Shortly after learning about Patrick Mills needing shoulder surgery in the offseason, San Antonio re-signed Mills to a three-year deal worth approximately $12 million. Then the Spurs re-signed Boris Diaw on Sunday for a little more than $22 million over the next three seasons, with the third year partially guaranteed.
And, oh by the way, Tim Duncan opted in for the final season of his contract (worth about $10.3 million) with San Antonio, eight days after the Spurs won the NBA Finals for a fifth time, June 15. So the latest news of Gregg Popovich re-signing with San Antonio shouldn’t come as a surprise … or should it?
Popovich Agrees To Multiyear Contract Extension With The Spurs
Good news San Antonio, the NBA’s longest-tenured head coach appears to be sticking around a little longer. Fittingly, the first ones to report the news was not Brian Windhorst, Marc Stein or Chris Broussard; it was the Spurs in a press release.
Coming off his fifth title and third NBA Coach of the Year award, Pop will be back. The terms are currently unknown, but Adrian Wojnarowski of Yahoo! Sports was told “Popovich is eager to coach another 4-5 years.”
Pop made $6 million last season. With Popovich’s championship pedigree, one might assume he’s going to get paid an even bigger salary. After all, coaches-to-be Derek Fisher and Steve Kerr of the New York Knicks and Golden State Warriors will make $5 million each next year.
What’s Pop Worth? Is It Possible Popovich Will Coach Even After Duncan Retires?
The former front-office employee of San Antonio is 65 and enjoys his fair share of wines. Pop’s anticipated to be paid more handsomely than his previous contract.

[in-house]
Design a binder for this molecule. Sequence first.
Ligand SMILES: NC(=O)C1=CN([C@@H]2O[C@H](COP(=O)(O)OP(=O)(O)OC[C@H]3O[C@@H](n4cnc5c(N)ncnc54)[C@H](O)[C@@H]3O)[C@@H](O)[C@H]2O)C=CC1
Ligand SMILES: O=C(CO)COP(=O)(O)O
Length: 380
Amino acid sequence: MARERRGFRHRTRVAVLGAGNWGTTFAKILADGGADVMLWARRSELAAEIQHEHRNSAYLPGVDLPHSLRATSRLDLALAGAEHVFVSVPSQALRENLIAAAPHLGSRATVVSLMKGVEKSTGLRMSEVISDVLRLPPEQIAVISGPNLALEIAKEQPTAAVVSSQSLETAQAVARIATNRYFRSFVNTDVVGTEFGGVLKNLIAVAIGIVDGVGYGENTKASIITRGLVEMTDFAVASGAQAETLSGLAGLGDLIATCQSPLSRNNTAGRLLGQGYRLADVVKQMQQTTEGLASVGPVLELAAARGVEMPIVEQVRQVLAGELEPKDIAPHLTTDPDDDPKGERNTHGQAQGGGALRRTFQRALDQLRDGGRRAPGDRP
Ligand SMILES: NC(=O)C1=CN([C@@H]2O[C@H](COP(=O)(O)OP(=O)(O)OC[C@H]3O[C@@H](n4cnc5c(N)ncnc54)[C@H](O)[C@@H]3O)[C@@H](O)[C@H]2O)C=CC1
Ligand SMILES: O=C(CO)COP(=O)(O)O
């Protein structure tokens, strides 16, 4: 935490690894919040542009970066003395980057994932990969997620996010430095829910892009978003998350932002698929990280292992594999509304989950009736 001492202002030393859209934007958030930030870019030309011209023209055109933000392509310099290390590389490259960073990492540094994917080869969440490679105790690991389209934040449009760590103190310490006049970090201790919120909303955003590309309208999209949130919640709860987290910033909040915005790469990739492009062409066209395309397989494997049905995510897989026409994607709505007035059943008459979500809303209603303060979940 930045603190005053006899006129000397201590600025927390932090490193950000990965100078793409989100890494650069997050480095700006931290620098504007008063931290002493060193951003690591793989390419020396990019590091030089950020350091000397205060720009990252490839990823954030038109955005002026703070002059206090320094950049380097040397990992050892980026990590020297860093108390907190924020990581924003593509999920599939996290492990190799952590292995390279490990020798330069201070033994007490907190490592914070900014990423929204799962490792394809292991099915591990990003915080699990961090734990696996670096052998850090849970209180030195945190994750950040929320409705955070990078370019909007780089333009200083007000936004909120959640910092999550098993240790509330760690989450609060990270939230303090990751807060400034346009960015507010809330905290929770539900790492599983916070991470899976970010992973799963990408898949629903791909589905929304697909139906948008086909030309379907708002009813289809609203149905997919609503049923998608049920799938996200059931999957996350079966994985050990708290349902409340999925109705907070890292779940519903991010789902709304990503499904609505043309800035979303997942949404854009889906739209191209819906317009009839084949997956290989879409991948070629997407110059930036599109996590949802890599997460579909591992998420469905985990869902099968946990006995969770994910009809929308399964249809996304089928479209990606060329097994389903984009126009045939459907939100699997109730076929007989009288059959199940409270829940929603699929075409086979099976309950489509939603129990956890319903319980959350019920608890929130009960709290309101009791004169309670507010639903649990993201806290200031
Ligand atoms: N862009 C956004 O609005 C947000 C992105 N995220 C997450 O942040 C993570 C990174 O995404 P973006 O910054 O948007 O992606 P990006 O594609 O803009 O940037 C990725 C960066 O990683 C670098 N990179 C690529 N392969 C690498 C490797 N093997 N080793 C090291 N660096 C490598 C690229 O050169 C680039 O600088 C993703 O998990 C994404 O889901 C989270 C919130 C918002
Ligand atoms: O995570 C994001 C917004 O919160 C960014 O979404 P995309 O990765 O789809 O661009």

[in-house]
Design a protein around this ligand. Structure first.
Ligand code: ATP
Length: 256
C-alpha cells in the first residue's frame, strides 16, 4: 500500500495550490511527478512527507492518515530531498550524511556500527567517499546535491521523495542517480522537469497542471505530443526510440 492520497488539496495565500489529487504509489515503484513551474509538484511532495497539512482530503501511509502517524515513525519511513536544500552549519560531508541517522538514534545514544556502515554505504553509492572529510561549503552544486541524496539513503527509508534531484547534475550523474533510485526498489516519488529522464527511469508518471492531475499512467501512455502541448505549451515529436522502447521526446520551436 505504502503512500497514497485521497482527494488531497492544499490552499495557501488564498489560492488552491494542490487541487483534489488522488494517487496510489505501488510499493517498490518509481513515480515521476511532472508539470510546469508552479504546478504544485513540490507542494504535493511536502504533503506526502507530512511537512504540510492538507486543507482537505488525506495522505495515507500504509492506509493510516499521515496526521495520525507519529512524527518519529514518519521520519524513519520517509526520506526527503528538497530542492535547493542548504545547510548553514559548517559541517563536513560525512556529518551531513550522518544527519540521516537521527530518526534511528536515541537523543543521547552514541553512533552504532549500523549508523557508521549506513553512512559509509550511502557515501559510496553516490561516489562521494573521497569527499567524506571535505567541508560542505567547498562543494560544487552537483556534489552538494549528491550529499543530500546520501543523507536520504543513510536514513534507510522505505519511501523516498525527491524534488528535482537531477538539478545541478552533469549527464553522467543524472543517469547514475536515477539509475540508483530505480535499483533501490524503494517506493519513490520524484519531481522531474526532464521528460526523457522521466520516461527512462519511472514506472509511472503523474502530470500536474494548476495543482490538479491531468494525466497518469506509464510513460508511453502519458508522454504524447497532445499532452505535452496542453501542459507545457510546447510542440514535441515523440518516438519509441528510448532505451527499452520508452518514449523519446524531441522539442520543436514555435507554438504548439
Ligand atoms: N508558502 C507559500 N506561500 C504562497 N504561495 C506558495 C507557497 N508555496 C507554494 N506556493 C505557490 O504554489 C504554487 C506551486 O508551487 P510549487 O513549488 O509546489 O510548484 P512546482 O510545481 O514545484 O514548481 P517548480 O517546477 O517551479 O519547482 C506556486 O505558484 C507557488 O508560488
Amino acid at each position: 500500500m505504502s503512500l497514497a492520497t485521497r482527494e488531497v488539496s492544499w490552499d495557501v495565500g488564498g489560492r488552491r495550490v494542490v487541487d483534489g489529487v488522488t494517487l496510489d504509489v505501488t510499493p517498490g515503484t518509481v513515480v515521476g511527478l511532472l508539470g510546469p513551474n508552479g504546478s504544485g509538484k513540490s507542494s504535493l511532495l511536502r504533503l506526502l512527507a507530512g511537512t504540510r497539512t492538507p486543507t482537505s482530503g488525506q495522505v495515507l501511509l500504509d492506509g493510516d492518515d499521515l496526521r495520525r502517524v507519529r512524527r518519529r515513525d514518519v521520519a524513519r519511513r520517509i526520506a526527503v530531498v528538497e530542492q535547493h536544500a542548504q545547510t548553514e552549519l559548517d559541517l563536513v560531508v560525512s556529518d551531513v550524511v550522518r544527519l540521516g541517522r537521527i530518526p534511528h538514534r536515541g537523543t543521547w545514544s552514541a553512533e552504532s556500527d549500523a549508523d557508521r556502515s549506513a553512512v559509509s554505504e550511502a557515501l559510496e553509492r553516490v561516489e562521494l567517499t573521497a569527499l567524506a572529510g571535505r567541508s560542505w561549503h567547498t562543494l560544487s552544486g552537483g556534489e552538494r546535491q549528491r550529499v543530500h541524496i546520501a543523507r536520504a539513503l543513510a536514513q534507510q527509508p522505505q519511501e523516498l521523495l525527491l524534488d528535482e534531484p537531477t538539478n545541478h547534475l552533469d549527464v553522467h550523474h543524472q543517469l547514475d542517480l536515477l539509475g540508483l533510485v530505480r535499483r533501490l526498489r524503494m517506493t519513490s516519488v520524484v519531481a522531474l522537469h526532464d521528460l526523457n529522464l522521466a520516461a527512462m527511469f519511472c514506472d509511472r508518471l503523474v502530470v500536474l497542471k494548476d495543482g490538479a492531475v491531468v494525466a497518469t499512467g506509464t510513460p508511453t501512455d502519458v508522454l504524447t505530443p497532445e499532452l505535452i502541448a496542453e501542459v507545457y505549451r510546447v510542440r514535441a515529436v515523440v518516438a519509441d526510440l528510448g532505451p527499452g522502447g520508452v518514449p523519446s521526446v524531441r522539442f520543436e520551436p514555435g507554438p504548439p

However, the Spurs aren’t the prototypical sports franchise who is obsessed with getting the biggest paycheck and looking at themselves in the mirror.
If any coach is willing to take less money it’s Popovich, who took over for Bob Hill during the 1996-97 season. A former general manager, Pop, in his first year, probably felt uncomfortable on the sidelines.
In 1994, San Antonio signed Popovich to be the GM and Vice President of Basketball Operations after Peter Holt purchased the Spurs. In 1996-97, however, Pop fired Hill for a 3-15 start and named himself the new coach.
Alamo City’s Dreary 1996-97 Campaign Proved To Be A Saving Grace
San Antonio went on to go 20-62. David Robinson broke his foot six games in and was done for the year as were the Spurs.
Popovich must have doubted whether he was really the right man for the job with a rude awakening.
Then came the 1997 NBA Draft Lottery. San Antonio won the lotto and without any hesitation selected Timmy No. 1 overall. Two seasons later the Spurs hoisted their first NBA championship.
In 2002 Pop relinquished his GM duties to R.C. Buford. A year later San Antonio won their second title. Two seasons later, a third and two years after that, a fourth championship until winning a fifth in 2014.
The Spurs flipped the script on 1996-97 by going 62-20 last season. San Antonio has been two things the last 17 years–consistent and confident.
Keeping Popovich only helps in maintaining both. But when that sad day finally comes when Duncan retires, will Pop walk out the door with him?
It appears Popovich may not.